As in the case of personality types, individuals often confuse marketing with science. It's not uncommon for laypeople to misinterpret scientific concepts like learning styles. On the other hand, the underlying science has changed, leading to frequent instances of individuals misusing a psychological term. As a consequence, they learned something based on the most recent research at the time, but were never informed about more nuanced or contradictory studies that were conducted afterwards. 

Many common phrases, such as "power poses" and "grit," serve as prime instances of this misconception, but "willpower" may be the best-known. In most cultures, willpower is seen as a finite resource. There is a certain amount of willpower you have, and God help you if you're dieting and you come across a package of delectable doughnuts. Recent research, however, suggests that the concept of willpower is much more nuanced.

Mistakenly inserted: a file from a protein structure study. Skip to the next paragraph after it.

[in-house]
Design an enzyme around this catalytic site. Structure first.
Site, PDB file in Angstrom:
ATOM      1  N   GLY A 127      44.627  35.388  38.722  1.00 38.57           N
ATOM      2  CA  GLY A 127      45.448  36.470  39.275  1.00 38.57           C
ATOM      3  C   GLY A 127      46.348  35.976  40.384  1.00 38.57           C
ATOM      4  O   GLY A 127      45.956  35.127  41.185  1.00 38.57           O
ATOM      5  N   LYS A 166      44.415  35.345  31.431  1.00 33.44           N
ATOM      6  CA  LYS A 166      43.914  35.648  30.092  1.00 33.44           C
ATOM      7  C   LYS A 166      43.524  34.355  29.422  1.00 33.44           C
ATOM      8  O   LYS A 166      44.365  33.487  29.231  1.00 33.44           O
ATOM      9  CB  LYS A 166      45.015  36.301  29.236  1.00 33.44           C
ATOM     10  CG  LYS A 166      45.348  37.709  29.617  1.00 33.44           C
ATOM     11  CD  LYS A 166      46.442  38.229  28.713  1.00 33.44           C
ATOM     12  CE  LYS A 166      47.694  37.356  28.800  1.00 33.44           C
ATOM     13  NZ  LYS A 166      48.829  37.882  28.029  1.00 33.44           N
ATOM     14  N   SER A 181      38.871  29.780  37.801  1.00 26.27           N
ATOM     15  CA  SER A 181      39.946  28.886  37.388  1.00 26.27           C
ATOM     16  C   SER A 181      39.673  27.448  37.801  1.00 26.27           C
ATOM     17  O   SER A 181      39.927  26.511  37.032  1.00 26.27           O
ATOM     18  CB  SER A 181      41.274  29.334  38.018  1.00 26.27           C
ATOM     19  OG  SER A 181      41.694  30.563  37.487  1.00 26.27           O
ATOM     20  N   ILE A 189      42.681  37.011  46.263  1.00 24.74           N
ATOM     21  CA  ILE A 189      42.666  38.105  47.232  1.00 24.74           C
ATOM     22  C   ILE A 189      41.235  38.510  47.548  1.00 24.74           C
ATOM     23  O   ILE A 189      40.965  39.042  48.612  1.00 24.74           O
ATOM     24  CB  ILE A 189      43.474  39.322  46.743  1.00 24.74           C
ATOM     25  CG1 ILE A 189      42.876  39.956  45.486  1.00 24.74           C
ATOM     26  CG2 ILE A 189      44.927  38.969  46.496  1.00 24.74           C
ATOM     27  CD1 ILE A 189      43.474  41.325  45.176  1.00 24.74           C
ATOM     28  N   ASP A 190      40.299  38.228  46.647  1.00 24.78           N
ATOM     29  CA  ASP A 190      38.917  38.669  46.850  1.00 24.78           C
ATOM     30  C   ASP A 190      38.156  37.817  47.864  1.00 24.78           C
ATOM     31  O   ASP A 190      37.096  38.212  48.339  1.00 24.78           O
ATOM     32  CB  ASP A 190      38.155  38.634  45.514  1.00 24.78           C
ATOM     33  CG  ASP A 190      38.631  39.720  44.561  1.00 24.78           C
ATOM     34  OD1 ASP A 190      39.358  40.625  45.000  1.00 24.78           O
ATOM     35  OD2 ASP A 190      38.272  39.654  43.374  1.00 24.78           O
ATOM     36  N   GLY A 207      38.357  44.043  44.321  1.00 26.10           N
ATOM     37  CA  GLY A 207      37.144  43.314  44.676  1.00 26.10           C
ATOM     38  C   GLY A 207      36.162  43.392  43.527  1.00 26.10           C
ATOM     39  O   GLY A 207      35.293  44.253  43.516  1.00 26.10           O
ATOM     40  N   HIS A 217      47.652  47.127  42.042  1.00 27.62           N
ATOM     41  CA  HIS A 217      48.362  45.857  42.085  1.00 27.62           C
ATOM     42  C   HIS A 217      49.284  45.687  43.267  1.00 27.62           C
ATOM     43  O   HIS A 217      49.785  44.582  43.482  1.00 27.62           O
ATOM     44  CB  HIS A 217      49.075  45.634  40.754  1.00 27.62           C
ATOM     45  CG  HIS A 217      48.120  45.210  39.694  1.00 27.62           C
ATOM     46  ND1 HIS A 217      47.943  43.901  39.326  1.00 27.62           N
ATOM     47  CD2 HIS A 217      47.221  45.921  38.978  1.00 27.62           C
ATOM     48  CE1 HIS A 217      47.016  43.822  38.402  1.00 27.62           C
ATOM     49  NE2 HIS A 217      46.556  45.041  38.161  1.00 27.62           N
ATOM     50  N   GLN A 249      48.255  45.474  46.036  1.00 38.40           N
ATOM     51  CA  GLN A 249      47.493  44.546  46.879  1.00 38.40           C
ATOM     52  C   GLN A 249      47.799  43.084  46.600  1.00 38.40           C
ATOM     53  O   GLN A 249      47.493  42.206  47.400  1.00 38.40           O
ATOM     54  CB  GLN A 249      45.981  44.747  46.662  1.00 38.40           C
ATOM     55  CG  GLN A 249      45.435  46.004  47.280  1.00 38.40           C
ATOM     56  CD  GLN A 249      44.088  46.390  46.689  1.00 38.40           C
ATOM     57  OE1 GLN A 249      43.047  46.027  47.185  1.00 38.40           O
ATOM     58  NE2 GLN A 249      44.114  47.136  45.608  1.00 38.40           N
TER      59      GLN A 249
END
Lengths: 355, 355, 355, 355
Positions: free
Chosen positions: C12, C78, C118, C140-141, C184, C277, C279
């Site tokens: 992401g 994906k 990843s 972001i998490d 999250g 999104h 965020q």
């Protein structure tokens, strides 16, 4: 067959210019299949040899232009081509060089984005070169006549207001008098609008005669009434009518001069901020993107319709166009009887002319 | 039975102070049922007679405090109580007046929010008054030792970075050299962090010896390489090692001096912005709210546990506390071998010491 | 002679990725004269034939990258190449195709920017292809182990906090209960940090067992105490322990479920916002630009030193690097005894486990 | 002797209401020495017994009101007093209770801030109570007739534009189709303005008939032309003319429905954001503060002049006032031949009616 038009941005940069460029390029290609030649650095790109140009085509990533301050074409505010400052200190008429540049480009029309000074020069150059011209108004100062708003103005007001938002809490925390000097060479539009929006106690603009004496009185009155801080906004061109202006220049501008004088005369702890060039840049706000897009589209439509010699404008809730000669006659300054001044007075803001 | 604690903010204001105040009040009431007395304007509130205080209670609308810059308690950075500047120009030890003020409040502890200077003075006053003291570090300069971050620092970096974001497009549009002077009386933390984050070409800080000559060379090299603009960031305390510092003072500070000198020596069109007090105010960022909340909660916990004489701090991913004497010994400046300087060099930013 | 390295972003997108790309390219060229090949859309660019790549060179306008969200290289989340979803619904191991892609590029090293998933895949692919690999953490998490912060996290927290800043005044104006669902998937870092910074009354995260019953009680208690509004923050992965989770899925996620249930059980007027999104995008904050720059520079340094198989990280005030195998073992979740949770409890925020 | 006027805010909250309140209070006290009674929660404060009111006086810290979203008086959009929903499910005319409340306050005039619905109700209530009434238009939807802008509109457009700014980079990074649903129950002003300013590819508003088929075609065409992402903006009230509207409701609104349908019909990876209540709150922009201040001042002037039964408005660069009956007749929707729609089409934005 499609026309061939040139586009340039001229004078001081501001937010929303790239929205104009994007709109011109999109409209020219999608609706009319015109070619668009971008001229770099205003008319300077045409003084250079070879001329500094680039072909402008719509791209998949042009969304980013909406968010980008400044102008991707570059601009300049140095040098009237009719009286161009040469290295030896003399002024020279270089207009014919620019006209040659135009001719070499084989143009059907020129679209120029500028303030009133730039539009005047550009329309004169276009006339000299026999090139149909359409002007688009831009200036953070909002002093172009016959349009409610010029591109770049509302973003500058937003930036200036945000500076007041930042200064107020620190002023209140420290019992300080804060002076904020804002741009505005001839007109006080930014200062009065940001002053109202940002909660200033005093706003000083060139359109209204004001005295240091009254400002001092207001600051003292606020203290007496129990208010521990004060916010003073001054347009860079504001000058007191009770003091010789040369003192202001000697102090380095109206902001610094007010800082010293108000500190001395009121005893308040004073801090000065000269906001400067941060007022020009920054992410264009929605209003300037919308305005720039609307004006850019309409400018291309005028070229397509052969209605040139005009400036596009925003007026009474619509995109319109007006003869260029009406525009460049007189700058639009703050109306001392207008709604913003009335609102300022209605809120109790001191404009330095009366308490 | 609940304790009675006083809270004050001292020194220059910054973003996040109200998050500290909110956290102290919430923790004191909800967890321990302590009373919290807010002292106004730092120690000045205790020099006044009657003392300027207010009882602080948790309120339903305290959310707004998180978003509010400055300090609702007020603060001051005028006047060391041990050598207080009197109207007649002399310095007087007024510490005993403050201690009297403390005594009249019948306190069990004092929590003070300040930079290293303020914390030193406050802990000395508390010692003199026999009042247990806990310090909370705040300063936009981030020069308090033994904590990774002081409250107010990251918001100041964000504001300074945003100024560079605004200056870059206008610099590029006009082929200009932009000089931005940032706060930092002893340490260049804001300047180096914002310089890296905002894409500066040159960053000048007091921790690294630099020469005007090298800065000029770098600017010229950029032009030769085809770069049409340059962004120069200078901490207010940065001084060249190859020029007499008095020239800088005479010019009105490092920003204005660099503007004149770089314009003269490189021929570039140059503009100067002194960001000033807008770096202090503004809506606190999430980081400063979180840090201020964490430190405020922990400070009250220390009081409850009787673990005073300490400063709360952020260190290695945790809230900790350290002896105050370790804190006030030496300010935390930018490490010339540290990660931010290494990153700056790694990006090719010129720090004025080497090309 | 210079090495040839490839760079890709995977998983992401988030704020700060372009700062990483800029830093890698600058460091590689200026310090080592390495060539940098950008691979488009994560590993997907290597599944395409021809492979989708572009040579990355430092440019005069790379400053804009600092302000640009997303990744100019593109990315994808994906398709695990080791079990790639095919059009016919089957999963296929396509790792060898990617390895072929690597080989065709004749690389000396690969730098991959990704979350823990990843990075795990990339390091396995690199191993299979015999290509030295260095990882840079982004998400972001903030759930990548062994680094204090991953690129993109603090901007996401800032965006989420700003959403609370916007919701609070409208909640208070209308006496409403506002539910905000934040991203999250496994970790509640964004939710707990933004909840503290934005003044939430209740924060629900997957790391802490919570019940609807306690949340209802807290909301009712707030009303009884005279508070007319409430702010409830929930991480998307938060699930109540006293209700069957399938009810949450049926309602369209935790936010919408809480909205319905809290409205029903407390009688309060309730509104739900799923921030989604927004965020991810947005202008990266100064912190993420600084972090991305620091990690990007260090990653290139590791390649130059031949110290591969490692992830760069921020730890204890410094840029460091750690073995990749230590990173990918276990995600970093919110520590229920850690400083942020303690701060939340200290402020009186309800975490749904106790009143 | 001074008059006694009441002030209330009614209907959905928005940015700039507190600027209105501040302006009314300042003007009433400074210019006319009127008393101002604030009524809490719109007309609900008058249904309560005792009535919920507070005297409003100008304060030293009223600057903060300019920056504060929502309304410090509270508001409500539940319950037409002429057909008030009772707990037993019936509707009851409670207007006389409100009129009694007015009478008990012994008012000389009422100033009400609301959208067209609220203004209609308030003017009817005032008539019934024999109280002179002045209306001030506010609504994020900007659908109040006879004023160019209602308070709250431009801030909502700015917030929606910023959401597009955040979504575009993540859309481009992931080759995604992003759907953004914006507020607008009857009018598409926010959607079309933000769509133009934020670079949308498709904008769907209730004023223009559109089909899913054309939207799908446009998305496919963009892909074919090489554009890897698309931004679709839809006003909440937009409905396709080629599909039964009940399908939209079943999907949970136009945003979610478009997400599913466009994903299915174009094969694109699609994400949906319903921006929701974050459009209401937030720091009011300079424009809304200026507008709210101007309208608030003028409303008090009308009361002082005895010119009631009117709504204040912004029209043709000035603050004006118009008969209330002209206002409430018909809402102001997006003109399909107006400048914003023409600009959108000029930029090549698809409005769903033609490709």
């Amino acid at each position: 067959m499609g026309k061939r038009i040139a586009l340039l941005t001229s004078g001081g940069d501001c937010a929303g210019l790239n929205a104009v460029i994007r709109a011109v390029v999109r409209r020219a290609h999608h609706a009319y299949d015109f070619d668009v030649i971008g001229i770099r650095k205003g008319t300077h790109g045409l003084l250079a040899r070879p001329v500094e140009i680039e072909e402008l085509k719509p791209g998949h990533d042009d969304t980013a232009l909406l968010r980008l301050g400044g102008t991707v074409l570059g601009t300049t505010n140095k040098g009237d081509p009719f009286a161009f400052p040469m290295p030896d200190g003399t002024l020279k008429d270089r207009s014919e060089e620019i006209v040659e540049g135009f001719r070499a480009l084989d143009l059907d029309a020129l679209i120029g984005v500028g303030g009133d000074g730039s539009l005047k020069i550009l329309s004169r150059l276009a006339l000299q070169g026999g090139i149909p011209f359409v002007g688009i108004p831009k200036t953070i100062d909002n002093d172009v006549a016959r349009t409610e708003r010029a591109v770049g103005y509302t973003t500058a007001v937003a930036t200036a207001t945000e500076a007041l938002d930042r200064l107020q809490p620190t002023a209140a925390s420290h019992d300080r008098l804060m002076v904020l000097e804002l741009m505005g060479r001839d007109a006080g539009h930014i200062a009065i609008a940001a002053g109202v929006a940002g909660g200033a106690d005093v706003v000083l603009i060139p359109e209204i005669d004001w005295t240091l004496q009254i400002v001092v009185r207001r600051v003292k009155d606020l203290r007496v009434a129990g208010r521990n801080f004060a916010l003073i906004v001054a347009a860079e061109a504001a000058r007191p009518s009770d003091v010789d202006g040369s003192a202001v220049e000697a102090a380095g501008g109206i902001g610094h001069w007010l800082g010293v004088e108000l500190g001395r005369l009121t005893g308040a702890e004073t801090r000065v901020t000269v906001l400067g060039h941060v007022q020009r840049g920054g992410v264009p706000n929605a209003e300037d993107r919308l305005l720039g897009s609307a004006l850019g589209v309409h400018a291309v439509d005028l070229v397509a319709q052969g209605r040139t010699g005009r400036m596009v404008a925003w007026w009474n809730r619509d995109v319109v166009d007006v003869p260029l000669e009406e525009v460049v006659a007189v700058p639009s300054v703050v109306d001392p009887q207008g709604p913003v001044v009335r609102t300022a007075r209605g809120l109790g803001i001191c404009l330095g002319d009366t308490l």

Inconsistent expectations about the likelihood of future rewards might provide the impression of impulsivity. If you've had a terrible life and learned that fortuitous breaks are uncommon and promises can't be trusted on, why would you wait for the second marshmallow in the famous marshmallow test? As it turns out, one's outlook also plays a significant impact in their ability to exert their will. Greater self-assurance leads to more actual self-control.

All of this serves as a gentle reminder that our understanding of the mind is ever-evolving and that the media doesn't always do the best job of reflecting those changes. Ideas that make for catchy headlines are often widely disseminated and accepted as truth, regardless of how solid or outdated the research behind them may be.

Entrepreneurs should proceed with care. Since dealing with other people is the name of the game in any industry, it's important to exercise caution before accepting any given psychological "truth" as gospel.